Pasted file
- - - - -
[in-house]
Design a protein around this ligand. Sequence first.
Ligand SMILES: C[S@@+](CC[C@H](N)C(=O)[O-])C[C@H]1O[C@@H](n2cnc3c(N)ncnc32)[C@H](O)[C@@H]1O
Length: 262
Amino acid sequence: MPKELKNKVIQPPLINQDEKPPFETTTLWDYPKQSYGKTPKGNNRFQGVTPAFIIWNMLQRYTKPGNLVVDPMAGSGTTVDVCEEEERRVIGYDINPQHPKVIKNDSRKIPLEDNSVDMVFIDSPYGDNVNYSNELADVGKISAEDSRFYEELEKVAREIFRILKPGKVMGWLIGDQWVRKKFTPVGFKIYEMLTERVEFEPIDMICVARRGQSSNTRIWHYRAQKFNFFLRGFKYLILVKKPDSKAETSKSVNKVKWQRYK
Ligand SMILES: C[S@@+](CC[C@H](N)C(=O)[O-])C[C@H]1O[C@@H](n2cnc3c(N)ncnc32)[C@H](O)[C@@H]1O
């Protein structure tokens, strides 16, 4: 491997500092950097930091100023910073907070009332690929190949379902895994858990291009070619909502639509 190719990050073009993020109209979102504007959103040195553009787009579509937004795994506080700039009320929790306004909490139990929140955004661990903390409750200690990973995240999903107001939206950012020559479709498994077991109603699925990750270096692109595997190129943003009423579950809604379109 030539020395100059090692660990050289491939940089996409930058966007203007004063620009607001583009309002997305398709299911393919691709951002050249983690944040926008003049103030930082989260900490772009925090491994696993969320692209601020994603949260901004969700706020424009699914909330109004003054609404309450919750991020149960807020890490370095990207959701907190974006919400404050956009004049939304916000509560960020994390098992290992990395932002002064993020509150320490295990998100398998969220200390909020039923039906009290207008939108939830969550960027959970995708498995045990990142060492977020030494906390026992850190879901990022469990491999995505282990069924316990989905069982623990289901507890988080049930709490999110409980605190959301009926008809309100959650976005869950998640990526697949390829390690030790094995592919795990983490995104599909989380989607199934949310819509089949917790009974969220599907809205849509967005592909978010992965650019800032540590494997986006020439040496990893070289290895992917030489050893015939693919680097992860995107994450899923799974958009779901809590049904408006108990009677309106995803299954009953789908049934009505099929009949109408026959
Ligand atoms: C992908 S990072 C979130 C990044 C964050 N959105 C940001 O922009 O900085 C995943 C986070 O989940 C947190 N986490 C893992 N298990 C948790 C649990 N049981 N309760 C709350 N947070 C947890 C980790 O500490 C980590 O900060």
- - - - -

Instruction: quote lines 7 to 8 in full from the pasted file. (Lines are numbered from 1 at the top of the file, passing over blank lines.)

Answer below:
């Protein structure tokens, strides 16, 4: 491997500092950097930091100023910073907070009332690929190949379902895994858990291009070619909502639509 190719990050073009993020109209979102504007959103040195553009787009579509937004795994506080700039009320929790306004909490139990929140955004661990903390409750200690990973995240999903107001939206950012020559479709498994077991109603699925990750270096692109595997190129943003009423579950809604379109 030539020395100059090692660990050289491939940089996409930058966007203007004063620009607001583009309002997305398709299911393919691709951002050249983690944040926008003049103030930082989260900490772009925090491994696993969320692209601020994603949260901004969700706020424009699914909330109004003054609404309450919750991020149960807020890490370095990207959701907190974006919400404050956009004049939304916000509560960020994390098992290992990395932002002064993020509150320490295990998100398998969220200390909020039923039906009290207008939108939830969550960027959970995708498995045990990142060492977020030494906390026992850190879901990022469990491999995505282990069924316990989905069982623990289901507890988080049930709490999110409980605190959301009926008809309100959650976005869950998640990526697949390829390690030790094995592919795990983490995104599909989380989607199934949310819509089949917790009974969220599907809205849509967005592909978010992965650019800032540590494997986006020439040496990893070289290895992917030489050893015939693919680097992860995107994450899923799974958009779901809590049904408006108990009677309106995803299954009953789908049934009505099929009949109408026959
Ligand atoms: C992908 S990072 C979130 C990044 C964050 N959105 C940001 O922009 O900085 C995943 C986070 O989940 C947190 N986490 C893992 N298990 C948790 C649990 N049981 N309760 C709350 N947070 C947890 C980790 O500490 C980590 O900060």